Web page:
Copper Advances on China Autos, U.S. Jobs: Commodities at Close
The Standard & Poor’s GSCI Spot Index of 24 raw materials rose 0.1 percent to settle at 649.62 at 3:59 p.m. New York time, led by industrial metals.
The UBS Bloomberg CMCI gauge of 26 prices advanced 0.3 percent to 1,551.55.
Copper rose to the highest in more than a week as signs of strength in Chinese auto sales and gains in the U.S. labor market brightened demand prospects for industrial metals.
Wholesale deliveries of cars, multipurpose and sport- utility vehicles rose 20 percent in the two months ended Feb. 28 in the strongest start since 2010, according to a Chinese industry group. U.S. job openings climbed in January, and confidence among small businesses rose in February for a third month, reports showed.
On the Comex in New York, copper futures for May delivery advanced 1.1 percent to $3.5545 a pound. Earlier, the price reached $3.576, the highest for a most-active contract since Feb. 28.
On the London Metal Exchange, copper for delivery in three months gained 0.9 percent to $7,830 a metric ton ($3.55 a pound). Zinc, nickel, tin, aluminum and lead also rose.
Gold rose, capping the longest rally in six months, as Europe’s slumping economy increased speculation that central banks will expand stimulus measures, boosting demand for the metal as a store of value.
On the Comex, gold futures for April delivery climbed 0.9 percent to $1,591.70 an ounce. The price climbed for the fourth straight session, the longest rally since Aug 21.
Silver futures for May delivery rose 1.1 percent to $29.171 an ounce.
On the New York Mercantile Exchange, platinum futures for April delivery fell 0.4 percent to $1,595 an ounce.
Palladium futures for June delivery dropped 0.5 percent to $775.50 an ounce.
Crude oil advanced as the euro trimmed losses against the dollar and the Organization of Petroleum Exporting Countries increased production.
On the Nymex, oil futures for April delivery rose 0.5 percent to $92.54 a barrel.
Brent oil for April settlement dropped 0.5 percent to $109.65 a barrel on the London-based ICE Futures Europe exchange.
OAO Lukoil’s Litasco bought a cargo of Forties crude at the lowest differential in almost 11 months. Statoil ASA bid for Russian Urals blend at the highest spread in almost a month.
Daily exports of the 12 main grades of North Sea crude for loading in April will increase 8 percent to the highest in 10 months, programs obtained by Bloomberg News showed.
Gasoline was little changed following wide price swings linked to volatile biofuel-credit prices.
On the Nymex, gasoline futures for April delivery slid 0.1 percent to $3.1502 a gallon. The price rose as much as 1.2 percent and dropped as much as 1.6 percent.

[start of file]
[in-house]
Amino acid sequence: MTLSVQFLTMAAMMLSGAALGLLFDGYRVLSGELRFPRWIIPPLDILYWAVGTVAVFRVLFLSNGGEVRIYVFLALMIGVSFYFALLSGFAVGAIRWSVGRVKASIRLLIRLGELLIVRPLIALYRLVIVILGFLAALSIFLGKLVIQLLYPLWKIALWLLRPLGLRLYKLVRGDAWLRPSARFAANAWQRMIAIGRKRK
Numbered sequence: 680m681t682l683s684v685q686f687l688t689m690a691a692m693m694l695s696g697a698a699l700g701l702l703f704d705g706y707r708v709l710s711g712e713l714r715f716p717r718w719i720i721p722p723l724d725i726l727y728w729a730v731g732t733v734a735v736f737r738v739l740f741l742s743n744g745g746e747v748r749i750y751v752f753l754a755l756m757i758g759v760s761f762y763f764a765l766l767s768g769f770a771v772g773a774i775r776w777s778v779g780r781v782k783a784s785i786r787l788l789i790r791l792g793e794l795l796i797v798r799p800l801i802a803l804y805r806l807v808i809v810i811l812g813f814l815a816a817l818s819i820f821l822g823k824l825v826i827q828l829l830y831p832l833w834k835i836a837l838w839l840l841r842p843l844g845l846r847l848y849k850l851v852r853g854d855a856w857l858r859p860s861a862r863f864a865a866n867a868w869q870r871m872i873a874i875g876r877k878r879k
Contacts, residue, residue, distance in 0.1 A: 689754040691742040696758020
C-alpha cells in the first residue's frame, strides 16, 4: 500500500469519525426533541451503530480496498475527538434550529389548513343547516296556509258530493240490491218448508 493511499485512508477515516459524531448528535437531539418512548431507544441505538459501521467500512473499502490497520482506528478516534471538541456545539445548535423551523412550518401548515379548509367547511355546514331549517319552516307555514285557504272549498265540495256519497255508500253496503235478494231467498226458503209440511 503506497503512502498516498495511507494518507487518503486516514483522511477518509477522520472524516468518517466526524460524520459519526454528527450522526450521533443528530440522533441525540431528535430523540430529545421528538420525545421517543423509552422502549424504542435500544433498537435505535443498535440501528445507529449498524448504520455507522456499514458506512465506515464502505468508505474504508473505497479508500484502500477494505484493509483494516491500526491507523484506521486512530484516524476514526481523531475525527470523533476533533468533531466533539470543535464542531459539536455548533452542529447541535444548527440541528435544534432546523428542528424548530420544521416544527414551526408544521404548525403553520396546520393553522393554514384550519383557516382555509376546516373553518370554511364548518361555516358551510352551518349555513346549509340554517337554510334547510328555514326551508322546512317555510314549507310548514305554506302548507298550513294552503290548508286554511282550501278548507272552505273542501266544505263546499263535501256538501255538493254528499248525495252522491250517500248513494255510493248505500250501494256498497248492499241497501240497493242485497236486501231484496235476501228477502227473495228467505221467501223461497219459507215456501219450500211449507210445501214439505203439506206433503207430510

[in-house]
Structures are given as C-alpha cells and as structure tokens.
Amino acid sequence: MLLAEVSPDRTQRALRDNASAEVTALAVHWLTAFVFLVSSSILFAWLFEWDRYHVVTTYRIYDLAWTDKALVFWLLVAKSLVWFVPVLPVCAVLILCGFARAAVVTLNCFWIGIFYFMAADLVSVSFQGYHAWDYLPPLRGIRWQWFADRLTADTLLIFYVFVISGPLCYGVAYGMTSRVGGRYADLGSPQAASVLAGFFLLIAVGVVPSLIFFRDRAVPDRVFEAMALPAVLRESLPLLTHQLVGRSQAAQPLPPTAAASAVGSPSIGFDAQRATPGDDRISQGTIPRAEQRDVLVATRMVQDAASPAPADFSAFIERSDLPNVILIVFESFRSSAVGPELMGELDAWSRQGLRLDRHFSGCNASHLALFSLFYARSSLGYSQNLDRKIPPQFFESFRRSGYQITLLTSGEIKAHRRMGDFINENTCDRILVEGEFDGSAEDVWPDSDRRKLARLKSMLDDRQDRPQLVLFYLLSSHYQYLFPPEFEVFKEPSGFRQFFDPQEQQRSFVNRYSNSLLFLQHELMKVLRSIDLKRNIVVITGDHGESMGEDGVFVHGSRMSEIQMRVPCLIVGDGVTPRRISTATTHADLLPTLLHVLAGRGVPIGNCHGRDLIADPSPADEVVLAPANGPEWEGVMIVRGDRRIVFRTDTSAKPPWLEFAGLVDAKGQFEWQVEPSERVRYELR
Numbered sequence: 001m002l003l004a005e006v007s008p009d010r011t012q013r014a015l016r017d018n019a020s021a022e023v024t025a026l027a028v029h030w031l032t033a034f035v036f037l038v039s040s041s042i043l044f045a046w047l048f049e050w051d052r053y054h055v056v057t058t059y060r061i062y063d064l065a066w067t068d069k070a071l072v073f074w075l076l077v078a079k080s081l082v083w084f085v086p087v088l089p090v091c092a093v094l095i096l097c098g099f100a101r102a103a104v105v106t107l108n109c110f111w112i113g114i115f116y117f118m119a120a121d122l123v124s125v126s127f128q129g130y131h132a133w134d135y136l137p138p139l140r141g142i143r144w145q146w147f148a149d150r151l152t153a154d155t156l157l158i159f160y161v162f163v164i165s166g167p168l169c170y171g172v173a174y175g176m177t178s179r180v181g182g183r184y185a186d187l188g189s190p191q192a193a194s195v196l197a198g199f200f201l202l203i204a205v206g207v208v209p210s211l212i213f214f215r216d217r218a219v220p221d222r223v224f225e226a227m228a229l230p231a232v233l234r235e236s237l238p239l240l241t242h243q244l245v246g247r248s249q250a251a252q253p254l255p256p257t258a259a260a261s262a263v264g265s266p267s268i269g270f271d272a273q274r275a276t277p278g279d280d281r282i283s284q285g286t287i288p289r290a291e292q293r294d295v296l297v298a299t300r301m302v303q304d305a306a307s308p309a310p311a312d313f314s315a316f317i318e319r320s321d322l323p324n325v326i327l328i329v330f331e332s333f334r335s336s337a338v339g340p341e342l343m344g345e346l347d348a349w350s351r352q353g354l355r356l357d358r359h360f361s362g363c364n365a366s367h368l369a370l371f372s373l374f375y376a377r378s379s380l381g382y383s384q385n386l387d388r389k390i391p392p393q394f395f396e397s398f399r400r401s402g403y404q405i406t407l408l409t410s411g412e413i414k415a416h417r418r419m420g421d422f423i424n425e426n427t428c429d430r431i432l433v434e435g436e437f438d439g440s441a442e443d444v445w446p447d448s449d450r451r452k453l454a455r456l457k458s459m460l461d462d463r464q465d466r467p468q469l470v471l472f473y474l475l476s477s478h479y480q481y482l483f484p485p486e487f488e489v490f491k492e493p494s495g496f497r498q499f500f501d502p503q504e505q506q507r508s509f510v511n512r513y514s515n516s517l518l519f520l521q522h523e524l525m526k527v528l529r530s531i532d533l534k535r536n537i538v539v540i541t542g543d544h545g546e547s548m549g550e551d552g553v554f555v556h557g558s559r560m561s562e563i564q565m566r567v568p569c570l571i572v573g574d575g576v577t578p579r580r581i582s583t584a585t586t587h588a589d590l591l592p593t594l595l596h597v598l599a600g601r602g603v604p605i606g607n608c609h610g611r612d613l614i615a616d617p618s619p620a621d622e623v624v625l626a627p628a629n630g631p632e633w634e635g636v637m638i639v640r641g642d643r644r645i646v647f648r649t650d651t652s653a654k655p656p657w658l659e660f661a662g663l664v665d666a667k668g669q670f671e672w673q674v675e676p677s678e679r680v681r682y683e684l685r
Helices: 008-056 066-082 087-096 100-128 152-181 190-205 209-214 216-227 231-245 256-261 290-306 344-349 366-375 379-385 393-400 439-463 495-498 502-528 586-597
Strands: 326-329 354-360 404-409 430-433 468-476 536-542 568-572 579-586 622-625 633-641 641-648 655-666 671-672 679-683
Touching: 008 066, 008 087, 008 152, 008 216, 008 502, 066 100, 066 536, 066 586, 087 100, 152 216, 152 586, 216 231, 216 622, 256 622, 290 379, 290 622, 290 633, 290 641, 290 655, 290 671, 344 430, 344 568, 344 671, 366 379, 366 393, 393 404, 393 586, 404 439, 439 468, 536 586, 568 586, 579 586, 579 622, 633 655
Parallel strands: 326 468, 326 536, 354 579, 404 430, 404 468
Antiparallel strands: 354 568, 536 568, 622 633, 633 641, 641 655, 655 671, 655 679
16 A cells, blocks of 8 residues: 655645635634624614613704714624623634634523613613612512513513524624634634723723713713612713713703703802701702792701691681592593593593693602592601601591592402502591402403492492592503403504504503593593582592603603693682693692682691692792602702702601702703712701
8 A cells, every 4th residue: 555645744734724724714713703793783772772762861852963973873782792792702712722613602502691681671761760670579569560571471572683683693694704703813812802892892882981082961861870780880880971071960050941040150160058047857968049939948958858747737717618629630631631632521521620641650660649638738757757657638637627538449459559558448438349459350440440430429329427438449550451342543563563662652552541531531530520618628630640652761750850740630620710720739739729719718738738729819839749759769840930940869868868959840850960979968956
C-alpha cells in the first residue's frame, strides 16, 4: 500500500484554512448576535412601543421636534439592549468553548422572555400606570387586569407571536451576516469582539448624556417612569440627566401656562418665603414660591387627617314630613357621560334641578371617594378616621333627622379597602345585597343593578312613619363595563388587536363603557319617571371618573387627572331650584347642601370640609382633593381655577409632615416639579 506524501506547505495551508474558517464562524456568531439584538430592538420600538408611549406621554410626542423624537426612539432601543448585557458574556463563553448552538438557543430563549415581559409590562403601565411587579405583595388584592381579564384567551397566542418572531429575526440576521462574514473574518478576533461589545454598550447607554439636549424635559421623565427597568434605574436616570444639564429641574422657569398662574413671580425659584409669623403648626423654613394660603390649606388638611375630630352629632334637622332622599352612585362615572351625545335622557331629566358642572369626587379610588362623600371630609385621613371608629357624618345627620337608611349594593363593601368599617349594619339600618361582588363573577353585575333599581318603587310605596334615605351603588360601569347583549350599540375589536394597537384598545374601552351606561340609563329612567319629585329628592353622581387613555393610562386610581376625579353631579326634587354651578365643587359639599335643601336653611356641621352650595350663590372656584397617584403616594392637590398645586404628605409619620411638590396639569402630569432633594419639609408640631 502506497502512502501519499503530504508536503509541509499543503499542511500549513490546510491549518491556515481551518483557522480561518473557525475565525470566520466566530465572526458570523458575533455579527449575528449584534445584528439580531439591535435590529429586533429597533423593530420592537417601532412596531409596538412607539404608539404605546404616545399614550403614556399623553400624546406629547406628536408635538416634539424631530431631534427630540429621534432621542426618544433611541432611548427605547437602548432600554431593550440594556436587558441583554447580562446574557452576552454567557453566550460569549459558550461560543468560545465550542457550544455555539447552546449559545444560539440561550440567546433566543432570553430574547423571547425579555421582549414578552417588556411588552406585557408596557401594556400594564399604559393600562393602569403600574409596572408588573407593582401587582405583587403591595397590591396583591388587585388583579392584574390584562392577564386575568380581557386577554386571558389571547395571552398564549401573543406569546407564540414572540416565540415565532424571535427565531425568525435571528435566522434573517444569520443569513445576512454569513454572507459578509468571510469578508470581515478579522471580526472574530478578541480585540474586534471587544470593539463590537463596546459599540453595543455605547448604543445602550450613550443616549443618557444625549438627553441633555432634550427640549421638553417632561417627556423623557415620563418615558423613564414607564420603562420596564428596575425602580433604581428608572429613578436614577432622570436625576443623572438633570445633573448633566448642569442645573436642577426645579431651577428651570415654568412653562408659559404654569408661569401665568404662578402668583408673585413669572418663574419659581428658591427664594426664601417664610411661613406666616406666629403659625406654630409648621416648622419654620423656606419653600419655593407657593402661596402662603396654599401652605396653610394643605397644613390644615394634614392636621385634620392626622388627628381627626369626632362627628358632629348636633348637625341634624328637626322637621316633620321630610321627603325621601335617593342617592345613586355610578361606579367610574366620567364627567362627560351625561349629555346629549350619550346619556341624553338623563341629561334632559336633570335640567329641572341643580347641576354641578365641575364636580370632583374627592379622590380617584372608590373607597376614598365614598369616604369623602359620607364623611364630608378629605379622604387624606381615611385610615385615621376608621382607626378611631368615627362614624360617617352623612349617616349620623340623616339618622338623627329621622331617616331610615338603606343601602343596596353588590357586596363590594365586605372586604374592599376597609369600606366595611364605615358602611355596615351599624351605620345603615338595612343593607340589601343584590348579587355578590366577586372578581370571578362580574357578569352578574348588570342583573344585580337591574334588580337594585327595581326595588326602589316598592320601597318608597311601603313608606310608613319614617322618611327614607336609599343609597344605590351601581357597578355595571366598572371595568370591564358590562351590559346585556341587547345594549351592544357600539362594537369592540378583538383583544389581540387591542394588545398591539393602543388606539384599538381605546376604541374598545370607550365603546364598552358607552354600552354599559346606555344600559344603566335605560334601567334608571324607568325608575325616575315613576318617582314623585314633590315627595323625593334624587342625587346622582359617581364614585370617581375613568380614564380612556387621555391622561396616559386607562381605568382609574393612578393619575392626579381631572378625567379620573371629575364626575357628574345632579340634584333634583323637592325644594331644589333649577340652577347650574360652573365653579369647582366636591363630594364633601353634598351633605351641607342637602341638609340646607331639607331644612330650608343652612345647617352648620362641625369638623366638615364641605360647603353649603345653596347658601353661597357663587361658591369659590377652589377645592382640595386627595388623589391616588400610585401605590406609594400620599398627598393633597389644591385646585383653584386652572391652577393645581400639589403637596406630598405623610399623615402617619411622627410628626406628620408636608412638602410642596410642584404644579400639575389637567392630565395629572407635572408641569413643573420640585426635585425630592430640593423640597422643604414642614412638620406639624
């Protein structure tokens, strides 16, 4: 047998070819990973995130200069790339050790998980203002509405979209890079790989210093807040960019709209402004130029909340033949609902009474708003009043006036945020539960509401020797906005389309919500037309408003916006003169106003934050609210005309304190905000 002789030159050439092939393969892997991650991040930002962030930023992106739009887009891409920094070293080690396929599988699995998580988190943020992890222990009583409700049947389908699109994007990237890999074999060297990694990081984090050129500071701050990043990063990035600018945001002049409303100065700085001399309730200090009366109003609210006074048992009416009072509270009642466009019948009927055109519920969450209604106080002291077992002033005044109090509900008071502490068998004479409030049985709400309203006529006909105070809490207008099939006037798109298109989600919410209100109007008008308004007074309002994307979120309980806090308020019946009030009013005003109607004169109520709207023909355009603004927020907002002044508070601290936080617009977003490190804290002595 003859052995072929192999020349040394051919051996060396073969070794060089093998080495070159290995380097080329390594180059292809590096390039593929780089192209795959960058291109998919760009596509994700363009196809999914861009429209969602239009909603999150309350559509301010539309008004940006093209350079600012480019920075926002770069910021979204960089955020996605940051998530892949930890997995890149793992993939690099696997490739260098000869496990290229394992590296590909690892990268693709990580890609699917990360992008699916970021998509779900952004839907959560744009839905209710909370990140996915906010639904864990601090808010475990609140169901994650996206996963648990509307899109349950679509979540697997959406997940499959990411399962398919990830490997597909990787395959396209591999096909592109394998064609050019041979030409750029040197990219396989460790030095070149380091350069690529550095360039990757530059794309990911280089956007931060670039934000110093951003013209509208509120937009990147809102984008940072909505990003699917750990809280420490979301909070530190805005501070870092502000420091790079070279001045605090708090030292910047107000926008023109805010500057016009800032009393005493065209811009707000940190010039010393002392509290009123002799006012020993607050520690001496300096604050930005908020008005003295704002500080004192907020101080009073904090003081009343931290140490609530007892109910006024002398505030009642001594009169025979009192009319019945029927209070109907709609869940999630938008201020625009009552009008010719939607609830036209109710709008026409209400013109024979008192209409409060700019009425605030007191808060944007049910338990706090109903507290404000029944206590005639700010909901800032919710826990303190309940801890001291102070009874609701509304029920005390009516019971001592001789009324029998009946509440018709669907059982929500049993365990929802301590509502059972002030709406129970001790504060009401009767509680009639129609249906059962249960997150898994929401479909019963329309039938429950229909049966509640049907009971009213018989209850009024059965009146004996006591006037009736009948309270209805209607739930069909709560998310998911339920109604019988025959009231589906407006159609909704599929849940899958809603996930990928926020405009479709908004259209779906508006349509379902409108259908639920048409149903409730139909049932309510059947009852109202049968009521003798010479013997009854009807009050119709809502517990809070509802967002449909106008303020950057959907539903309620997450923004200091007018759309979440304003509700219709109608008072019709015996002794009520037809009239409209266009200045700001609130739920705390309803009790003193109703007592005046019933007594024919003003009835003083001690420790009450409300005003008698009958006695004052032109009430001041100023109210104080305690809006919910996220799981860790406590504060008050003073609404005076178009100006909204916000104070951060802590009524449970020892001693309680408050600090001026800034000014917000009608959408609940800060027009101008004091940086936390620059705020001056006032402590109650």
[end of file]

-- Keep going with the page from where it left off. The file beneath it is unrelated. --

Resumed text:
Heating-oil futures for April delivery fell 0.7 percent to $2.9484 a gallon.
Natural gas fell from a three-month high on forecasts for mild weather that would erode demand for the heating fuel.
On the Nymex, gas futures for April delivery slipped 0.1 percent to $3.645 per million British thermal units.
U.K. gas surged to the highest in more than a year as freezing weather eroded inventory.
The day-ahead price jumped as much as 7.5 pence to 98 pence a therm, according to broker data compiled by Bloomberg. That’s the highest since Feb. 8, 2012, and was equivalent to $14.58 per million Btu. The contract was 95.75 pence at 5:11 p.m. London time.
Cocoa climbed to a three-week high on signs of reduced deliveries by farmers in Ivory Coast, the world’s biggest producer.
On ICE Futures U.S. in New York, cocoa for May delivery rose 1.3 percent to $2,158 a ton. Earlier, the price reached $2,176, the highest since Feb. 14.
Orange-juice futures for May delivery advanced 0.9 percent to $1.375 a pound.
Cotton futures for May delivery rose 0.7 percent to 87.33 cents a pound.
Arabica-coffee futures for May delivery fell 1 percent to $1.4235 a pound.
Raw-sugar futures for May delivery were unchanged at 18.82 cents a pound.
Soybeans fell the most in two weeks as the harvest accelerates in Brazil, where the crop was expected to increase to a record.
On the Chicago Board of Trade, soybean futures for May delivery dropped 0.7 percent to $14.6875 a bushel, the biggest decline since February 22.
Corn futures for May delivery rose 0.4 percent to $7.1425 a bushel, the fifth gain in six sessions.
Wheat futures for May delivery climbed 0.5 percent to $7.035 a bushel.
Cattle rose for the second straight day on signs of increasing beef demand in the U.S.
On the Chicago Mercantile Exchange, cattle futures for April delivery rose 0.4 percent to $1.287 a pound.
Feeder-cattle futures for May delivery gained 0.2 percent to $1.44075 a pound.
Hog futures for April delivery advanced 0.4 percent to 81.45 cents a pound.
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